The Glenlivet Launch event–Founder’s Reserve (and the Winchester Collection 50 yo)


Last week, I was very fortunate to attend the global launch of a new, permanent addition to the core Glenlivet range. The occasion, held in The Library, a swanky members only club near London’s Trafalgar Square was the perfect setting, and Glenlivet had clearly gone to much effort to brand the place its own with bottles from their range strategically placed behind the bar, and historic Glenlivet images hanging from the walls.

As you walked in, you were greeted with a classic Collins, with Glenlivet 12 as its base, or you could have a straight dram of 12. As it happens, in recent times, whisky and whiskey based cocktails have really grown on me – there is definitely something to be said for experimentation – and this Collins was solid and very drinkable.

Very soon, we were underway, with some introductory words from the colourful, humorous and effusive Glenlivet brand ambassador – Alex Robertson. I’d never had the pleasure of meeting Alex before, but he’s definitely a guy you should be dramming with!

Following Alex came some words from, Laurent Lacassagne – the head honcho of Chivas Bros Worldwide – surely an indication of how much value Glenlivet ascribed to the launch. He continued to build excitement in the room by announcing that the assembled would be privileged to taste two world firsts. We were privy to some Glenlivet stats, most notably that the new addition to the core range was to celebrate shipping one million cases of whisky annually. That puts Glenlivet up there with the likes of Glenfiddich, and is certainly impressive. 20141029_193221_resized_1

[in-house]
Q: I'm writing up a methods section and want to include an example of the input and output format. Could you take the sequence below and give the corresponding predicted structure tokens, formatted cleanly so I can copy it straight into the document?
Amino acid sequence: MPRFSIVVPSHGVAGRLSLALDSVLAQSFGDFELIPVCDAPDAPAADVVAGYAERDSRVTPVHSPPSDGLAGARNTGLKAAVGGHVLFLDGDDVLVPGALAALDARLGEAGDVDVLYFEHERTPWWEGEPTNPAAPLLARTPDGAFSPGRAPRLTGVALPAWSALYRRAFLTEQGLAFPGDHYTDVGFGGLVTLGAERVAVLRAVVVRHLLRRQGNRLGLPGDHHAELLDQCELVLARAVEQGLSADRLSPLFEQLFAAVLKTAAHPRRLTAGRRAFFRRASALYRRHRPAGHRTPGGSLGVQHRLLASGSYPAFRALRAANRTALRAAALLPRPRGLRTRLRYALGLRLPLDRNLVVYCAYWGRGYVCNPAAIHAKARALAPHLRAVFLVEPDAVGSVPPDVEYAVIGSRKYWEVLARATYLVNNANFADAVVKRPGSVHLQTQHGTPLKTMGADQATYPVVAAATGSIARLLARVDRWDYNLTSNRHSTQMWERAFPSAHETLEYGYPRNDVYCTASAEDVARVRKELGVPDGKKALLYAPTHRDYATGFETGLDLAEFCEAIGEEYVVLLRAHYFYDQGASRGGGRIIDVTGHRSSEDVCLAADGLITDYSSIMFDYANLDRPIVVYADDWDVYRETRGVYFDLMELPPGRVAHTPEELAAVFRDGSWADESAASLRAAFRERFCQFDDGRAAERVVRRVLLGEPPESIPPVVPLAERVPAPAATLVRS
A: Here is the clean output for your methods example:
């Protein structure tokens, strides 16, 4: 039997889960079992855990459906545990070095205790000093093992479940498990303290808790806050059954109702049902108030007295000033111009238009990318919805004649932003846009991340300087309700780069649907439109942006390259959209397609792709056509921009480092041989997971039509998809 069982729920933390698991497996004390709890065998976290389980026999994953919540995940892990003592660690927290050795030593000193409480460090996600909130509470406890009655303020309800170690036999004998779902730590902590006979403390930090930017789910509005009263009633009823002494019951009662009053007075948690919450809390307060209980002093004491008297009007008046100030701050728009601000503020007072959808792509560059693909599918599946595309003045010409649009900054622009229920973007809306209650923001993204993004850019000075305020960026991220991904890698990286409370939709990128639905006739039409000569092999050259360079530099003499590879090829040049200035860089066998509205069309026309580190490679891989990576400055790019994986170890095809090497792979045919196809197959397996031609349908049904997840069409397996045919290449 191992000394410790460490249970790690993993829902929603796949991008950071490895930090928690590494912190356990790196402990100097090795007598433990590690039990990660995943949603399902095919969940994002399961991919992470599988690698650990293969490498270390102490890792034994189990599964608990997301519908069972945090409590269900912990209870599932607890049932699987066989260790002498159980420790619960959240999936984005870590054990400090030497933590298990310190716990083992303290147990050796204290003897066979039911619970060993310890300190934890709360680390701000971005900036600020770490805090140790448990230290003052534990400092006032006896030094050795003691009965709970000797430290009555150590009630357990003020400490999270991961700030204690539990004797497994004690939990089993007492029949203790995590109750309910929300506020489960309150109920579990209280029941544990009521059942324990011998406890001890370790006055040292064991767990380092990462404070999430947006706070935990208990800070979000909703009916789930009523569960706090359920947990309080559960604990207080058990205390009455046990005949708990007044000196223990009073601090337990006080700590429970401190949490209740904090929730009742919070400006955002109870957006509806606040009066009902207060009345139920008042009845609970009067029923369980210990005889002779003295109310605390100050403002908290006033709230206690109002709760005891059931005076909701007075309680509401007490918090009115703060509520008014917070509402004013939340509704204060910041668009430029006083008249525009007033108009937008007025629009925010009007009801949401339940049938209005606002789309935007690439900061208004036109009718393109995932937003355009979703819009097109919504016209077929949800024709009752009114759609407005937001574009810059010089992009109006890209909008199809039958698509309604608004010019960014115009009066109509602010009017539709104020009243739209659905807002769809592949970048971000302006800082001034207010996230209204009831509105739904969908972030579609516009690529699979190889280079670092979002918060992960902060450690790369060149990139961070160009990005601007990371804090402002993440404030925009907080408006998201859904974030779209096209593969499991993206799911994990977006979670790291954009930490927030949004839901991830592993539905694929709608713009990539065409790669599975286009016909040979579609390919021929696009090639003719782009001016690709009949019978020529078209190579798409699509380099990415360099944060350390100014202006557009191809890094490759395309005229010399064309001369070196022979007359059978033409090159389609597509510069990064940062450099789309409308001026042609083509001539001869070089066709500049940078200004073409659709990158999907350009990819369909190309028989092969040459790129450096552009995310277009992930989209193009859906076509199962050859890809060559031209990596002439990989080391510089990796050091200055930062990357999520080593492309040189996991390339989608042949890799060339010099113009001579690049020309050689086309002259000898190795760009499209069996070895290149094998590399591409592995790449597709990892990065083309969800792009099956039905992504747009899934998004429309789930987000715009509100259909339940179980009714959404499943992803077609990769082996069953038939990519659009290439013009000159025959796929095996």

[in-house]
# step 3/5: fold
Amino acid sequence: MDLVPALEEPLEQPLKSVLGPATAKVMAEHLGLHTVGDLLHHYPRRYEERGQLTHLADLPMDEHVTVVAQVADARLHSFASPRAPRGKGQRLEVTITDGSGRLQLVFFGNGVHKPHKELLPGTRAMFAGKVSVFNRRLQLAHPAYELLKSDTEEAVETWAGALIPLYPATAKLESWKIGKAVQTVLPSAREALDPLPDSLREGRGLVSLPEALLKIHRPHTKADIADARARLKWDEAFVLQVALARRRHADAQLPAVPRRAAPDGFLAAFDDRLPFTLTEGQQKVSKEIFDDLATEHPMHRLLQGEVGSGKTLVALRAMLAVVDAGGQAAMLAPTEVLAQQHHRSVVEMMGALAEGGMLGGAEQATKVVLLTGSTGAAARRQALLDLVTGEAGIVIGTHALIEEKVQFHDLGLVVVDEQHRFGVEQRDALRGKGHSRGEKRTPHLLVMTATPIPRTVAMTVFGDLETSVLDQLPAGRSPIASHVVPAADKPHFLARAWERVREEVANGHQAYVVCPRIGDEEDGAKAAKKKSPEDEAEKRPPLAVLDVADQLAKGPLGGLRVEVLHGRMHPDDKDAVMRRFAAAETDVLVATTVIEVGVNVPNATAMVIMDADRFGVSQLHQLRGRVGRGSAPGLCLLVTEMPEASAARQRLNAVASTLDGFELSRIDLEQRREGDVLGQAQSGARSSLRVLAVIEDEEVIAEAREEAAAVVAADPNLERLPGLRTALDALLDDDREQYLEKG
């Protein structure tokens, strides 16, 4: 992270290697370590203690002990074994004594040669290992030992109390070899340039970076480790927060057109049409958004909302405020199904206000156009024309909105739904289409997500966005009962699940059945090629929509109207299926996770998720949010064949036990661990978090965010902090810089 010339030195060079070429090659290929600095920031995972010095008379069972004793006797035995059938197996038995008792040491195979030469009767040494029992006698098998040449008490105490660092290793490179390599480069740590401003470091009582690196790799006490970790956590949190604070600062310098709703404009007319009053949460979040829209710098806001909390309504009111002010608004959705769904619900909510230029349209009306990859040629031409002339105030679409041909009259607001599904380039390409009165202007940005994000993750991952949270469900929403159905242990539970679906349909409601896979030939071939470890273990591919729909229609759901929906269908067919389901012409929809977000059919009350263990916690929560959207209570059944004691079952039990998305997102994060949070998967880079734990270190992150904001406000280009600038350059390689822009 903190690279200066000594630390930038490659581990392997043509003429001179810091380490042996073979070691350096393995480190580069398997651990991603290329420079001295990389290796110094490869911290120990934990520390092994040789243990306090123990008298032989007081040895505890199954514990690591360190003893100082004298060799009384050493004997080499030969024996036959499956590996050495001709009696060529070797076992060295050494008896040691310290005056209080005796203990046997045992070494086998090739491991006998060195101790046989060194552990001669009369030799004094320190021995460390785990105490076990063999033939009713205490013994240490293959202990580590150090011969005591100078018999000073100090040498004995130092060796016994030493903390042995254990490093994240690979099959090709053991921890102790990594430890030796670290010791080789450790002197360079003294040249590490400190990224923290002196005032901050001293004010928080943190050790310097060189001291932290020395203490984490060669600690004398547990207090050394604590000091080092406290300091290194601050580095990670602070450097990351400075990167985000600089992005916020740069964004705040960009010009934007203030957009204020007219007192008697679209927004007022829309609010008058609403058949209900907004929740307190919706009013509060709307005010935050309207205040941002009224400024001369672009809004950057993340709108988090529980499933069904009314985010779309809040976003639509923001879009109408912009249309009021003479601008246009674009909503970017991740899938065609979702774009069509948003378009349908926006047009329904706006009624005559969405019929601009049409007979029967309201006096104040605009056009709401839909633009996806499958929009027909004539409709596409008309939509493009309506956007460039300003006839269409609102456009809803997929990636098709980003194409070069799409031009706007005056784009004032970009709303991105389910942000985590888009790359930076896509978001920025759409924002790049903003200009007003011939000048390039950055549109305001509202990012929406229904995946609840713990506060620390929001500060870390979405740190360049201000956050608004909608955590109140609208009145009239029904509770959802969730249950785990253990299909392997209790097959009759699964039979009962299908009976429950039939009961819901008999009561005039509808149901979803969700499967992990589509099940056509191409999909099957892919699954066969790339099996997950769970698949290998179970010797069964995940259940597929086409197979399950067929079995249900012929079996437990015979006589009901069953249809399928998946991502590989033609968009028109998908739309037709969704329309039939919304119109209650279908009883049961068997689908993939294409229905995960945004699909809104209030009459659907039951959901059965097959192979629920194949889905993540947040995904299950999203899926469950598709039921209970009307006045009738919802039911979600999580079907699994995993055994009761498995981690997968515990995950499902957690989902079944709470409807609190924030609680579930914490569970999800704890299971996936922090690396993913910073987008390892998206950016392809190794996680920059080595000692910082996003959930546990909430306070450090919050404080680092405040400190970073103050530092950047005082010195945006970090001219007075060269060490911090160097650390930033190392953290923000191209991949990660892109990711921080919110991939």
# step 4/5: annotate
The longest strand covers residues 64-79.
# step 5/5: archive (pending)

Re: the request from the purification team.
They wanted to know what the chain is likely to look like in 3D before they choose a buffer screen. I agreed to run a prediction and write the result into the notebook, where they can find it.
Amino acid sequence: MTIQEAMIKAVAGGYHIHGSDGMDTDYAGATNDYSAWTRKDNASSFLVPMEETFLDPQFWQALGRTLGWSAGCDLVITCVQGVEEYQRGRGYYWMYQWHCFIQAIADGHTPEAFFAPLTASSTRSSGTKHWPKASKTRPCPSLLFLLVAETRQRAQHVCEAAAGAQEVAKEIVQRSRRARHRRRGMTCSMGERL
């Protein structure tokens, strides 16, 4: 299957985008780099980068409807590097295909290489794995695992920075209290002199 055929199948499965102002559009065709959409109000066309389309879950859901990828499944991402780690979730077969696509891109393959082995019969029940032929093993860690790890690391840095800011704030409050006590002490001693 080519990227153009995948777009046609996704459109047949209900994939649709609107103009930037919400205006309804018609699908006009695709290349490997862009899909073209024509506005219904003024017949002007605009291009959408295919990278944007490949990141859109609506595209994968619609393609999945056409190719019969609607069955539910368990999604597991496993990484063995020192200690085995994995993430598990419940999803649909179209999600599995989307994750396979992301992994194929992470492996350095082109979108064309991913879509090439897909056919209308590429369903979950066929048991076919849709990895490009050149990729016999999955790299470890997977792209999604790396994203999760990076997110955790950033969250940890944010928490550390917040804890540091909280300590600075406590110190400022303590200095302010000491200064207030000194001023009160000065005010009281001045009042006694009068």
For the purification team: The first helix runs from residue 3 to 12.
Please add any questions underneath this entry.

Next up was Nicki Burgess, Global Brand Director with the big announcement. We were led upstairs to another part of the Library to be told that the new addition was The Founders Reserve. This  expression would sit alongside the 12 year old in price range, but itself is NAS, ABV 40%, aged “mostly” in ex-bourbon casks. It is to be released to “several key markets”, and will not be available in Duty Free. Packaging is typical Glenlivet, with a Georgian blue providing the base colour to the box and label.